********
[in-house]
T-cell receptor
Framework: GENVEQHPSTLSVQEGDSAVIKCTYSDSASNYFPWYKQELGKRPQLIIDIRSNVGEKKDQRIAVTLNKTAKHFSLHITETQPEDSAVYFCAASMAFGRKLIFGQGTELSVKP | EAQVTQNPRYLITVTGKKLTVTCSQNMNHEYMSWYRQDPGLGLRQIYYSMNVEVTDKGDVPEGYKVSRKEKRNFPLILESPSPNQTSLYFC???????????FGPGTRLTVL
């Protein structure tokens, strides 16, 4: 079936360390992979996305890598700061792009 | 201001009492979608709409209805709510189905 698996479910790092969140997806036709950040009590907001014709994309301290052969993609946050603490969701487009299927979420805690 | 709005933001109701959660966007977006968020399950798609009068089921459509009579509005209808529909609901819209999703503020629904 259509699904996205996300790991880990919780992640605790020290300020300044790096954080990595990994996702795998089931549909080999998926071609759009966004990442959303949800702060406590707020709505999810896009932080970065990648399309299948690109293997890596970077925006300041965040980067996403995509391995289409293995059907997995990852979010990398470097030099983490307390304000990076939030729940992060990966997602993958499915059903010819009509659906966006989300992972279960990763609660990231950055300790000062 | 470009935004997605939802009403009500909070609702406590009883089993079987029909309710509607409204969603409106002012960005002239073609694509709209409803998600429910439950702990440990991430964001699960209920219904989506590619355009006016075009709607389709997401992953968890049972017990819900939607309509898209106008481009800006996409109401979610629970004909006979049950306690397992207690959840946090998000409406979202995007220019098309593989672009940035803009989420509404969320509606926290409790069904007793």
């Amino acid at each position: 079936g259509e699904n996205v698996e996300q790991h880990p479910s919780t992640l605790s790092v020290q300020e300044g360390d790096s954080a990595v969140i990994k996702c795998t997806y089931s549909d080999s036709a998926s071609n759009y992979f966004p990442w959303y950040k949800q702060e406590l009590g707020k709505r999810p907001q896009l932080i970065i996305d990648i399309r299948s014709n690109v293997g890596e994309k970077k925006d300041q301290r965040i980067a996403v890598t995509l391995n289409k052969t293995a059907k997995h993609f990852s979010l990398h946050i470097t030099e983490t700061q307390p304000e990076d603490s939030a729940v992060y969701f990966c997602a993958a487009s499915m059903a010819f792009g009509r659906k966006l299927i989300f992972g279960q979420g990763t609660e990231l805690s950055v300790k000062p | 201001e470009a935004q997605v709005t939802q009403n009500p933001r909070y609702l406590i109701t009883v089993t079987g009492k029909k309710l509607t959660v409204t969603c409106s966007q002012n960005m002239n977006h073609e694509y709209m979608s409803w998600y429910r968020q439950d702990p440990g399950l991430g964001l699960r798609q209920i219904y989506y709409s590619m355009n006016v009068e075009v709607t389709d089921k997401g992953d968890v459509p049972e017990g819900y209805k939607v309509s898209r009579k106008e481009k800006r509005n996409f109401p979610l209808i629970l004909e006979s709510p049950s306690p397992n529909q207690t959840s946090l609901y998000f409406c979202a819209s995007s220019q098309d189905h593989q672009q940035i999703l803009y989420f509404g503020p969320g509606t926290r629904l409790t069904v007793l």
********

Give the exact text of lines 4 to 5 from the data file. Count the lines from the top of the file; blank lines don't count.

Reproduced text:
């Protein structure tokens, strides 16, 4: 079936360390992979996305890598700061792009 | 201001009492979608709409209805709510189905 698996479910790092969140997806036709950040009590907001014709994309301290052969993609946050603490969701487009299927979420805690 | 709005933001109701959660966007977006968020399950798609009068089921459509009579509005209808529909609901819209999703503020629904 259509699904996205996300790991880990919780992640605790020290300020300044790096954080990595990994996702795998089931549909080999998926071609759009966004990442959303949800702060406590707020709505999810896009932080970065990648399309299948690109293997890596970077925006300041965040980067996403995509391995289409293995059907997995990852979010990398470097030099983490307390304000990076939030729940992060990966997602993958499915059903010819009509659906966006989300992972279960990763609660990231950055300790000062 | 470009935004997605939802009403009500909070609702406590009883089993079987029909309710509607409204969603409106002012960005002239073609694509709209409803998600429910439950702990440990991430964001699960209920219904989506590619355009006016075009709607389709997401992953968890049972017990819900939607309509898209106008481009800006996409109401979610629970004909006979049950306690397992207690959840946090998000409406979202995007220019098309593989672009940035803009989420509404969320509606926290409790069904007793």
């Amino acid at each position: 079936g259509e699904n996205v698996e996300q790991h880990p479910s919780t992640l605790s790092v020290q300020e300044g360390d790096s954080a990595v969140i990994k996702c795998t997806y089931s549909d080999s036709a998926s071609n759009y992979f966004p990442w959303y950040k949800q702060e406590l009590g707020k709505r999810p907001q896009l932080i970065i996305d990648i399309r299948s014709n690109v293997g890596e994309k970077k925006d300041q301290r965040i980067a996403v890598t995509l391995n289409k052969t293995a059907k997995h993609f990852s979010l990398h946050i470097t030099e983490t700061q307390p304000e990076d603490s939030a729940v992060y969701f990966c997602a993958a487009s499915m059903a010819f792009g009509r659906k966006l299927i989300f992972g279960q979420g990763t609660e990231l805690s950055v300790k000062p | 201001e470009a935004q997605v709005t939802q009403n009500p933001r909070y609702l406590i109701t009883v089993t079987g009492k029909k309710l509607t959660v409204t969603c409106s966007q002012n960005m002239n977006h073609e694509y709209m979608s409803w998600y429910r968020q439950d702990p440990g399950l991430g964001l699960r798609q209920i219904y989506y709409s590619m355009n006016v009068e075009v709607t389709d089921k997401g992953d968890v459509p049972e017990g819900y209805k939607v309509s898209r009579k106008e481009k800006r509005n996409f109401p979610l209808i629970l004909e006979s709510p049950s306690p397992n529909q207690t959840s946090l609901y998000f409406c979202a819209s995007s220019q098309d189905h593989q672009q940035i999703l803009y989420f509404g503020p969320g509606t926290r629904l409790t069904v007793l």